Tuning of hydrogen bond strength using substituents on phenol and aniline: A possible ligand design strategy
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Tuning of hydrogen bond strength using substituents on phenol and aniline: A possible ligand design strategy Using Density Functional Theory, the hydrogen bonding energy is calculated for the interaction of phenol and aniline with four model compounds representing the protein backbone and various amino acid side chain residues. The models are methanol, protonated methylamine, formaldehyde and acetate anion. The H- bond energies for the uncharged species are similar to2.5 kcal mol(-1), whereas the charged model compounds bind with much higher energies of similar to20 kcal mol(-1). The effect of para-substitution on the hydrogen bond energies is determined. Substitution has little effect on the H-bond energy of the neutral complexes (<2 kcal mol(-1)), but for the positively and negatively charged systems substitution drastically alters the binding energies, e.g., 14.3 kcal mol(-1) for para-NO2. In the context of protein-ligand binding, relatively small changes in binding energy can cause large changes in affinity due to their exponential relationship. This means that for -NO2 an enormous change of 10 orders of magnitude for the affinity constant is predicted. These calculations allow prediction of H-bonds, using different substituents, in order to fine-tune and optimize ligand-protein interactions in the search for drug candidates.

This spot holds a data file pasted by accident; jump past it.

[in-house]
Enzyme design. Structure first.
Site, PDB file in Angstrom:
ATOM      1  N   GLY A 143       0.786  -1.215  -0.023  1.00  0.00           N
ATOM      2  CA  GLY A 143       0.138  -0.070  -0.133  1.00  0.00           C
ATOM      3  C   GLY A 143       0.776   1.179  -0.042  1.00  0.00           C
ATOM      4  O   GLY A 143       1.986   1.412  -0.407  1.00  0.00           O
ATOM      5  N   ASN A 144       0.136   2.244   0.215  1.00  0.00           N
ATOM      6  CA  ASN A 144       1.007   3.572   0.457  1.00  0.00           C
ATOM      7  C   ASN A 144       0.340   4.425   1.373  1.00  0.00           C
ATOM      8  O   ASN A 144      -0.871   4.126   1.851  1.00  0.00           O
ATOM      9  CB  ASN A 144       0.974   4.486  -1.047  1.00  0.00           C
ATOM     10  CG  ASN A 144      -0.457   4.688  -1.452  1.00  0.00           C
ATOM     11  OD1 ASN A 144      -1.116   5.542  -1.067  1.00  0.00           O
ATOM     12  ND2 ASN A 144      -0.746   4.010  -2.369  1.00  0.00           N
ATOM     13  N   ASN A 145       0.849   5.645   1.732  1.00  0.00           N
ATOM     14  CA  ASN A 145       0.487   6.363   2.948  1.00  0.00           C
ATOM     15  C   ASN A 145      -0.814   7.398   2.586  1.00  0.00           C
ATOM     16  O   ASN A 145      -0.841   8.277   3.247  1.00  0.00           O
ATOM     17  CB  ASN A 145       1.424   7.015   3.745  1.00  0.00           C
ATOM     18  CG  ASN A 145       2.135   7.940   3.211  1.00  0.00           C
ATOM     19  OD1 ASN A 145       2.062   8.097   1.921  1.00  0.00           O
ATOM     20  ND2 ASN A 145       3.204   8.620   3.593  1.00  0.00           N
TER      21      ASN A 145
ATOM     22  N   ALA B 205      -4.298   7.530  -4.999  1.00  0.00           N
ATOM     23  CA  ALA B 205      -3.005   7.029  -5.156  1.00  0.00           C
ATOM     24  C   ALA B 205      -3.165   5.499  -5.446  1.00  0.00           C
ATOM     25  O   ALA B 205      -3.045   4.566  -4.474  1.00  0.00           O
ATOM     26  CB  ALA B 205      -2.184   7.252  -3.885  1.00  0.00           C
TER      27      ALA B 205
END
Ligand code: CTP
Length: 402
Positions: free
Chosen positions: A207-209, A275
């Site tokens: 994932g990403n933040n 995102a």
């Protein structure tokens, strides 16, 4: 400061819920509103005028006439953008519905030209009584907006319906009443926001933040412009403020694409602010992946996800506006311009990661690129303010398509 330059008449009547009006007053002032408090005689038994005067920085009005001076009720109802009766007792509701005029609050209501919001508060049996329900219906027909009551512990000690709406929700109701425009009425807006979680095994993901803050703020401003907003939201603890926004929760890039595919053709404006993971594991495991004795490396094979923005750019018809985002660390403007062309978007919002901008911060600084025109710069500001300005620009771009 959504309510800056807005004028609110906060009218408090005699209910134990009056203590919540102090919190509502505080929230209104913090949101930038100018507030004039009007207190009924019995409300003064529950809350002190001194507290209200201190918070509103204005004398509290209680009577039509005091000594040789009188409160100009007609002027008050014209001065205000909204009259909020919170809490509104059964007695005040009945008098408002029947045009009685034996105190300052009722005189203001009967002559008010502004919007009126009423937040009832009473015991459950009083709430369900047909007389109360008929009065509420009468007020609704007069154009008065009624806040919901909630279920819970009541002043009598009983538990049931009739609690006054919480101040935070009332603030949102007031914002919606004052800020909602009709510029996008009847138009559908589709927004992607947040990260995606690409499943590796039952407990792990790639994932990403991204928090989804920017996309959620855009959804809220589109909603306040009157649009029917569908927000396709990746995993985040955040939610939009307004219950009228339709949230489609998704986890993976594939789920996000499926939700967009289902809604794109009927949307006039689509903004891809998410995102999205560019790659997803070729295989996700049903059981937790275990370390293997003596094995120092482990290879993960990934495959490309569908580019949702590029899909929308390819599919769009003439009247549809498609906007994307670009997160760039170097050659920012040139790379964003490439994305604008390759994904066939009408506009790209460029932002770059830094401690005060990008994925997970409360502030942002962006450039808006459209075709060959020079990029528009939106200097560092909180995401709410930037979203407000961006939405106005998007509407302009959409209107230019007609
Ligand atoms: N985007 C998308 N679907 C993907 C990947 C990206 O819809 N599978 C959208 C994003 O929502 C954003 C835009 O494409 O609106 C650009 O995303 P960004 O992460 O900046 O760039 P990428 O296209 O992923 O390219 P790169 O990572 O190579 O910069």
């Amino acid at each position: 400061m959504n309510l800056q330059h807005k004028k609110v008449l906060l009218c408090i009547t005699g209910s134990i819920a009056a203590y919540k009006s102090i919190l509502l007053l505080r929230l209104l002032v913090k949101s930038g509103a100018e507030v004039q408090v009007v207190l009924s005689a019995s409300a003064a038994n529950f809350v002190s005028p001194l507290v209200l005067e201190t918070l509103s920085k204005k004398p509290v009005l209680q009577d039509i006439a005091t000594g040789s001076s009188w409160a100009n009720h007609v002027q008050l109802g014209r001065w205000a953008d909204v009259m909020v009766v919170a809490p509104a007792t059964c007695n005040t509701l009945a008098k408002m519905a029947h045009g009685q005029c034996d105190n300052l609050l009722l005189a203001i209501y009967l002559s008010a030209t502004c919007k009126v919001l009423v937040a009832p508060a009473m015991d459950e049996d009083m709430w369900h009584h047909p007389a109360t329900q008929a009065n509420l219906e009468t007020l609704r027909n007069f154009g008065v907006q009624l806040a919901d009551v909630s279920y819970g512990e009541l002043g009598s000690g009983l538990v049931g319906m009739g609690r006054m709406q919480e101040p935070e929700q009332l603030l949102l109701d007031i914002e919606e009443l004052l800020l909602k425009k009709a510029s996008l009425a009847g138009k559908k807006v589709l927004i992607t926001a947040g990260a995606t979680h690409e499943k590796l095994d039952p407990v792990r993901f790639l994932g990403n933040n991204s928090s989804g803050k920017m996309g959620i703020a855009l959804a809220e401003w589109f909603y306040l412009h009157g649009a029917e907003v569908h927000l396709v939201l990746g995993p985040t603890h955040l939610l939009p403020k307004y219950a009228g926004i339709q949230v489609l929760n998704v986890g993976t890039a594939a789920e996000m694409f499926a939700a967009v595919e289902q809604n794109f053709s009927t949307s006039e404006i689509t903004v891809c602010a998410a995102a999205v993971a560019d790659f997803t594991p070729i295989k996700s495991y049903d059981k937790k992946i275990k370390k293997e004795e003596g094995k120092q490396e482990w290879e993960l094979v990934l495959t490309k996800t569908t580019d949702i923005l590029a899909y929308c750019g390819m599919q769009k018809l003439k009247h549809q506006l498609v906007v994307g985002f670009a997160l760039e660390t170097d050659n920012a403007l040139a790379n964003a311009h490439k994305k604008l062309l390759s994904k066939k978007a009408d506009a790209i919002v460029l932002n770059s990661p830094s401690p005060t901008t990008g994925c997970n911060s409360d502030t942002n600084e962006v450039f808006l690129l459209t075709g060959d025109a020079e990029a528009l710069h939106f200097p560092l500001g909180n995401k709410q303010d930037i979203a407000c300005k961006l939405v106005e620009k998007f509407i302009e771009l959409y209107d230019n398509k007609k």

density functional theory (DFT) drug design hydrogen bonding energy ligand-protein interactions Drug-dna interactions density functionals pairing abilities base-pairs energy dft complexes exchange cations
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JOURNAL OF COMPUTER-AIDED MOLECULAR DESIGN, 2004, 18 (6), pp. 421 - 431